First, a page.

Are You Ready? Using Exam Scores

 In 200-301 V1 CCC No Category on Purpose, CCENT-OLD, Study Tips

You read a book, and you take a timed #CCENT or #CCNA practice exam, from the book or one of many companies that sell exams. You look at your impressive score on the exam. Are You Ready? What does your score tell you, and not tell you, about your readiness for the exam? Today we’ll start looking at these questions.

Quick Big Picture

No one tool, measurement, assessment, or any other indicator can tell you for sure if you will pass the exam when you take it, other than taking the real exam. Practice exam scores can be useful. Unfortunately, sometimes people rely on their practice exam scores too much.

This post (and a second one of the same topic) breaks down the pros and cons, what exam scores tell you and what they don’t, to give you some perspective. Today’s post focuses on how the score works, while the second post focuses on some of the other items.

(And by the way… don’t forget to give you opinion on this most recent poll!)

Scoring on Cisco Press Exams (PCPT)

For the sake of discussion, I’ll use the exams and exam questions that come with the Cisco Press ICND1 and ICND2 Official Cert Guides as an example type of practice test. Besides being the most likely ones everyone would use, because they come with the books, they show a good contrast for scoring with the real Cisco exams. But a lot of the reasoning here could apply to any practice exam.

The current editions of the Cisco Press ICND1 and ICND2 books come with software called the Pearson IT Certification Practice Test (PCPT). Pearson Education (the publisher of the Cisco Press brand) creates this software and uses PCPT with books as well as with exam products (example: the Premium Edition versions of the ICND1 and ICND2 books, which include extra exam questions compared to the printed book.)

Next, like most exam software, PCPT lets you just answer practice (called study mode), or simulate a timed exam event (called “practice exam”). This post ignores study mode, focusing on the score you get when taking a practice exam.

The PCPT software defines how scoring works, with each practice exam having a maximum score of 1000. Real Cisco exams have a maximum score of 1000 as well. So, you take a practice exam, get a 950 out of 1000, and expect to get a 950 on the real Cisco exam tomorrow, right?

OK, no one’s that naïve, but let’s break it down a little. Again, I’ll use PCPT as an example, but you can think about the same points for your favorite exam product.

PCPT Scoring Basics

PCPT uses a 0 – 1000 point scale that is basically a percentage. That is, if you get 80% of the questions right, you get an 800 on the PCPT exam. Simple enough.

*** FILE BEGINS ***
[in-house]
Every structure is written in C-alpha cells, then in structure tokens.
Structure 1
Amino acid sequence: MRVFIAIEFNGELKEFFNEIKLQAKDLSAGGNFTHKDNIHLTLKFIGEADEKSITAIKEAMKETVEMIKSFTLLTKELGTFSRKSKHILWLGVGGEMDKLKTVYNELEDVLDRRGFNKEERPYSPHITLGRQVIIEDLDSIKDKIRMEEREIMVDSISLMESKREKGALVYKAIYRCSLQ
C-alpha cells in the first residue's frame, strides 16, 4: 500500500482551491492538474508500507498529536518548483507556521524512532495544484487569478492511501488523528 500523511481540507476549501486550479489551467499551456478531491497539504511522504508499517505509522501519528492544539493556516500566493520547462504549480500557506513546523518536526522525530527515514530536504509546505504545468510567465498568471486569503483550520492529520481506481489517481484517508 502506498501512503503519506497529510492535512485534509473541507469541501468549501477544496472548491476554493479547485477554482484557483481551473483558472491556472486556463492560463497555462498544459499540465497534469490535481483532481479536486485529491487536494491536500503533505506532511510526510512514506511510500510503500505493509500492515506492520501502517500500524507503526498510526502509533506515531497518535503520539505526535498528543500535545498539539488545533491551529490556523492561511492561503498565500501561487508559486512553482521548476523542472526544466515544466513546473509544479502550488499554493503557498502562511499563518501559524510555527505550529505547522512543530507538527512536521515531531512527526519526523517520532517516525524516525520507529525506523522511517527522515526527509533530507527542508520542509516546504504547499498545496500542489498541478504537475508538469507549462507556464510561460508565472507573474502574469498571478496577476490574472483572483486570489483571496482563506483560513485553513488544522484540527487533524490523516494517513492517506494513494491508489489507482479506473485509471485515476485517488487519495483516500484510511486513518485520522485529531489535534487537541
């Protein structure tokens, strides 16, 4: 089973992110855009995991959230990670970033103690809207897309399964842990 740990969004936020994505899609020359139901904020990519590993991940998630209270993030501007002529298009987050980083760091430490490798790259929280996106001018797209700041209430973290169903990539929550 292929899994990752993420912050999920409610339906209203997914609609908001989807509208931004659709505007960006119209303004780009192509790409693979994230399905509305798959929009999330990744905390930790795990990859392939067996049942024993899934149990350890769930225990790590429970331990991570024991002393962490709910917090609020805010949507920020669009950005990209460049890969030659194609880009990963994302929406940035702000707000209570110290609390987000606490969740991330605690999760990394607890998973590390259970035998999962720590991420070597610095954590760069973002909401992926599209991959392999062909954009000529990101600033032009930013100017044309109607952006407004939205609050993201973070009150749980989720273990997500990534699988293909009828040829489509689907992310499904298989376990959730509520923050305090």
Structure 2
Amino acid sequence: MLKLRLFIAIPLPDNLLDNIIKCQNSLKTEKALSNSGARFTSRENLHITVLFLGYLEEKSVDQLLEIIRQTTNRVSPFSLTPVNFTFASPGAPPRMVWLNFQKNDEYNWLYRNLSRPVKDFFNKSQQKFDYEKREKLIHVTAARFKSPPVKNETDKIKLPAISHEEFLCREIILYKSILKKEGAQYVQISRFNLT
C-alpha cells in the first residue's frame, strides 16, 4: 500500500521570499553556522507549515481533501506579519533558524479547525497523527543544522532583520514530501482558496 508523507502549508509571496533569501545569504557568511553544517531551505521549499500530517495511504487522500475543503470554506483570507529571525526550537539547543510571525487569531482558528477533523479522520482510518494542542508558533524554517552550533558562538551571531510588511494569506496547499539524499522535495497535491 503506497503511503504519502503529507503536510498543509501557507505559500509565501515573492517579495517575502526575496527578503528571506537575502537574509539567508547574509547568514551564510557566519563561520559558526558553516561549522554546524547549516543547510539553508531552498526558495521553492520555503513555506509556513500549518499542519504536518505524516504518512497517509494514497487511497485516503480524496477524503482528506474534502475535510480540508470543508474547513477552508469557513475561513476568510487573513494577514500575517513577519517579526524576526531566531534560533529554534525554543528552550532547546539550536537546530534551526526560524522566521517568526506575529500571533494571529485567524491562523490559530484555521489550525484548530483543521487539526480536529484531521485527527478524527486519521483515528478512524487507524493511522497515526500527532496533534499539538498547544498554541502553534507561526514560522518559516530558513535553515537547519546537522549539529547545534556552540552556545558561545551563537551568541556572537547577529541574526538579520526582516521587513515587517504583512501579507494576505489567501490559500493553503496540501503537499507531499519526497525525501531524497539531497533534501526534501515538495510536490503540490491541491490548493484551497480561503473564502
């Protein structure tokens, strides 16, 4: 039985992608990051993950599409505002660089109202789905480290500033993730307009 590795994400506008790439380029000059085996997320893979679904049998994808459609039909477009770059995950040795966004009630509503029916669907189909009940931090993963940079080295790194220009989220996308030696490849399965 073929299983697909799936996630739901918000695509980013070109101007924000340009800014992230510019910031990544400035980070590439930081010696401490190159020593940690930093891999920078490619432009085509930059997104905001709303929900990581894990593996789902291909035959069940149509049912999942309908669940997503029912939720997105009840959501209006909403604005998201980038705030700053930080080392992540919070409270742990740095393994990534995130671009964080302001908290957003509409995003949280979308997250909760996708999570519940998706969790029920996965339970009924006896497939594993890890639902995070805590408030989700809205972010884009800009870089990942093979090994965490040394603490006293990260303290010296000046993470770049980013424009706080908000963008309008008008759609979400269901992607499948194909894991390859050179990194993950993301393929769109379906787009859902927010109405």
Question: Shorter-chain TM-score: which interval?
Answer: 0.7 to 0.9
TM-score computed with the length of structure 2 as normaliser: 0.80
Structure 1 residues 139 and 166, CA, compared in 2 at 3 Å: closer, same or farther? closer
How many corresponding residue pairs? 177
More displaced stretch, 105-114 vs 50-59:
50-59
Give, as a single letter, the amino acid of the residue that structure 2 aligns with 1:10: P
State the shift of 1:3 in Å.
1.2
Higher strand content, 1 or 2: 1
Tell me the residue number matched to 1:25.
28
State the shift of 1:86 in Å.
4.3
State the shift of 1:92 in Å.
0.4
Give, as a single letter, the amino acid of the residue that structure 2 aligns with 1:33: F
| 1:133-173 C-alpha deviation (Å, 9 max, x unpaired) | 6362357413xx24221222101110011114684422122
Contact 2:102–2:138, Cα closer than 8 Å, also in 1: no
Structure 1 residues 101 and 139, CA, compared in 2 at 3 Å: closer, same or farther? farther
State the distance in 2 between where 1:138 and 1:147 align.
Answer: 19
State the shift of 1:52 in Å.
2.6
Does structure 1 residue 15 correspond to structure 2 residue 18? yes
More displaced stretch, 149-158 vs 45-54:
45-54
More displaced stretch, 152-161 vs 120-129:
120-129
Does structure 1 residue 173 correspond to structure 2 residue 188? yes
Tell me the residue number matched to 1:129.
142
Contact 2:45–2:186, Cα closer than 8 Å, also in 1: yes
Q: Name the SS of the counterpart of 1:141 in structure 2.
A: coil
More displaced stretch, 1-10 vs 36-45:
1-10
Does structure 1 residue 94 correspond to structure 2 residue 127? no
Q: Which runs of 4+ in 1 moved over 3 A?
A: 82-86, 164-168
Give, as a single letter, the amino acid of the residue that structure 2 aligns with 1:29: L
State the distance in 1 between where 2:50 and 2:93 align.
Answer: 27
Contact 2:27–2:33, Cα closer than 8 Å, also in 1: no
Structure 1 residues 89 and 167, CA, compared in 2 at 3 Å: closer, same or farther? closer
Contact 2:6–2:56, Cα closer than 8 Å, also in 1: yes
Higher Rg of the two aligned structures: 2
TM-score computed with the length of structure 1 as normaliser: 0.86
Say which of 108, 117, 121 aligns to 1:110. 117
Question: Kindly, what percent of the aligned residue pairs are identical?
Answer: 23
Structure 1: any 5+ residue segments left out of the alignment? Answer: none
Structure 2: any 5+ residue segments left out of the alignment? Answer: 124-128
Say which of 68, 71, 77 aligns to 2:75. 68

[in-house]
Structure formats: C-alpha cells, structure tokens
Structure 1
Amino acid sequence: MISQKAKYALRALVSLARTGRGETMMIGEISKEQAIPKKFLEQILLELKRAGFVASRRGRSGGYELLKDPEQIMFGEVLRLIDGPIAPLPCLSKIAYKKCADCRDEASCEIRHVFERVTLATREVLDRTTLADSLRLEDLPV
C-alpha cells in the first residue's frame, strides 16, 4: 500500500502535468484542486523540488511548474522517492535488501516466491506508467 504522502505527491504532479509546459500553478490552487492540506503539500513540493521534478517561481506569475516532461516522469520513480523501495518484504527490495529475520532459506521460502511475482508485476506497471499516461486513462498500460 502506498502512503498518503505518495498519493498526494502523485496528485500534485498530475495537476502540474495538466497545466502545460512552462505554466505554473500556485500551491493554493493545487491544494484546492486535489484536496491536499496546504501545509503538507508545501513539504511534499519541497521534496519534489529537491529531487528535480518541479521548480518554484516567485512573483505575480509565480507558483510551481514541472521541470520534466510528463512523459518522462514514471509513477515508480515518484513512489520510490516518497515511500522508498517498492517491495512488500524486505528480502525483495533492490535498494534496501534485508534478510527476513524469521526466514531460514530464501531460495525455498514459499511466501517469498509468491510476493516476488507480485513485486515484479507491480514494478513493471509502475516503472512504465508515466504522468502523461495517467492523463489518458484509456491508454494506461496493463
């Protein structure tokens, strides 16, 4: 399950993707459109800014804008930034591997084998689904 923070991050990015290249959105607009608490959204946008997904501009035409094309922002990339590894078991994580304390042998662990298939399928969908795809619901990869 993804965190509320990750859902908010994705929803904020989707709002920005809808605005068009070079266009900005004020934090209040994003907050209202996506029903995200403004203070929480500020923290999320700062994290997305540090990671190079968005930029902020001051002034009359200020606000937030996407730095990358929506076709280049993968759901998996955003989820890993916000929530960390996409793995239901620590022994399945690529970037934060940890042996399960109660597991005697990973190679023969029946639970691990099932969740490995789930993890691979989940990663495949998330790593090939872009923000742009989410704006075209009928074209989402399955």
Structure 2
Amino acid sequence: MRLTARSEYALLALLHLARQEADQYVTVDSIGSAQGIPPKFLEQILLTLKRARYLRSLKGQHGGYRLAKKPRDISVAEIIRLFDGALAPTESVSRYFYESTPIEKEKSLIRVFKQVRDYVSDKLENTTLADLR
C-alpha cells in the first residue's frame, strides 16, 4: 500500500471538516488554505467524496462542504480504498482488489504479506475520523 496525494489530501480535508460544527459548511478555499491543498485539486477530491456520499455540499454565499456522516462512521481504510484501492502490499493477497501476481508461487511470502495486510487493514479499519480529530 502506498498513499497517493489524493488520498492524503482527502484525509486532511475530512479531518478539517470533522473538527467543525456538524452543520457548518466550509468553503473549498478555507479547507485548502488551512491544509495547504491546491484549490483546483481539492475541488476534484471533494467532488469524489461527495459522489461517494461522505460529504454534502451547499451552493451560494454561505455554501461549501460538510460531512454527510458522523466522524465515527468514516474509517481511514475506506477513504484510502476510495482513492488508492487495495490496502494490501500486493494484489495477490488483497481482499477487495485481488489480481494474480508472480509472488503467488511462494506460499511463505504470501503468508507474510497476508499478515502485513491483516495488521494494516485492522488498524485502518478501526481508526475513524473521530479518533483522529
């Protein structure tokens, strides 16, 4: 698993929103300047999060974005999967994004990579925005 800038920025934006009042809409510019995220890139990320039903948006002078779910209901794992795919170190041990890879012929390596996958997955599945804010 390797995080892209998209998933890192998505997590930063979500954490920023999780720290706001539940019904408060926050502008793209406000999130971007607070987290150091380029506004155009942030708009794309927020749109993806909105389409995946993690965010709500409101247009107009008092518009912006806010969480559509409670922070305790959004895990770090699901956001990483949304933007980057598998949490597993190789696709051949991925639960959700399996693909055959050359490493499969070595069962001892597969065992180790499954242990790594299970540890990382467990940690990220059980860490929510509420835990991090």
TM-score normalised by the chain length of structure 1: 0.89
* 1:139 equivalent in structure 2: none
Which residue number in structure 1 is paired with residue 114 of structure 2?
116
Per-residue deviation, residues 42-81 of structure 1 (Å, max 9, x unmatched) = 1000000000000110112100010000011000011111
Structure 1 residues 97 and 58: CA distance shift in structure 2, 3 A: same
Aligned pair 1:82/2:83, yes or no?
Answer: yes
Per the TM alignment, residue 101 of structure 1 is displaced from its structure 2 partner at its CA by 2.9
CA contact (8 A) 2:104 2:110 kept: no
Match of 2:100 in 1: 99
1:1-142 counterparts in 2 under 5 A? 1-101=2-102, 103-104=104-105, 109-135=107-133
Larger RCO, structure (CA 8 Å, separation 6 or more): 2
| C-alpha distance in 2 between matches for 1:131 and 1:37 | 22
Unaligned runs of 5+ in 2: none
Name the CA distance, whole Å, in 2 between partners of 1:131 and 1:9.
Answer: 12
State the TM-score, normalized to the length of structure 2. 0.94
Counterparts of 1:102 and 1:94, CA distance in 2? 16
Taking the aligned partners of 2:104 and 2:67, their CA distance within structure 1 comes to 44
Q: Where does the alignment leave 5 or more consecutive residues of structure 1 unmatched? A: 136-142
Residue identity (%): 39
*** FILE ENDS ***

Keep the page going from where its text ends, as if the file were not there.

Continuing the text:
PCPT does not weight questions. That is, every question counts the same. Take three minutes on one of those long subnetting questions, and 30 seconds on one that asks for simple facts, they count the same in the scoring.

PCPT counts the subquestions inside a testlet question as different questions for scoring. Testlet questions give you one scenario, with more than one multichoice question about the scenario. PCPT counts each multichoice question in a testlet as a separate question for scoring.

PCPT gives no partial credit. If you pick one correct and one incorrect answer, you do not get half credit, but instead you miss the whole question.

PCPT does not penalize you for guessing. In other words, PCPT scores an unanswered question just like one that is answered incorrectly.

Scoring on Cisco Exams

Next, compare the PCPT scoring details with the real Cisco ICND1, ICND2, and CCNA exams. The short version: we know very little, and we can guess other details.

What we Know About Cisco Exam Scoring

The score calculation is not published – First, Cisco exams use a 300 – 1000 point scale, with no information about how the number is calculated. That’s right. An 800 may not mean 80%, and likely does not mean 80%.

Testlet and Simlet questions counts as 1 question in the question counter – The exam software on exam day shows an up-counter from 1 to N as you work through the questions. Testlet and Simlet questions count as 1 in that counter.

Testlet and Simlet question scoring as 1 or N questions is not published – Although the question counter counts these questions as 1 question – a useful fact to know when estimating your time when taking the exam – Cisco is silent as far as I know about how they grade. Could each testlet or Simlet sub-question count as much as a single independent multichoice question? Maybe. It’s just not stated.

The final score report is sparse – The score report at the end of the exam gives you some information, but not enough to let you figure out exactly what questions you missed. The impact on scoring is that you cannot guess how Cisco scores based on the final score report.

No penalty for Guessing – Yep, guess away. The exam software even reminds you to answer the questions before moving on, at least for multichoice questions.

That’s pretty much all we know going in, but you can guess some other details…

What we Do Not Know, that Matters

Basically, we do not know a lot about the scoring. You take the test, they give you a number, and you either passed or you didn’t. That’s not meant to discourage anyone, but instead to make sure you’re clear on how it works. But here are some other key unknowns, as long as we’re here.

Does Cisco weight questions? Probably, but we just do not know.

If weighted, how are they weighted? We don’t know.

Does Cisco give partial credit? While likely on Sim questions, Cisco is silent  on their certification web pages, best I can tell.

Conclusion: Your Score is a General Predictor, but how General?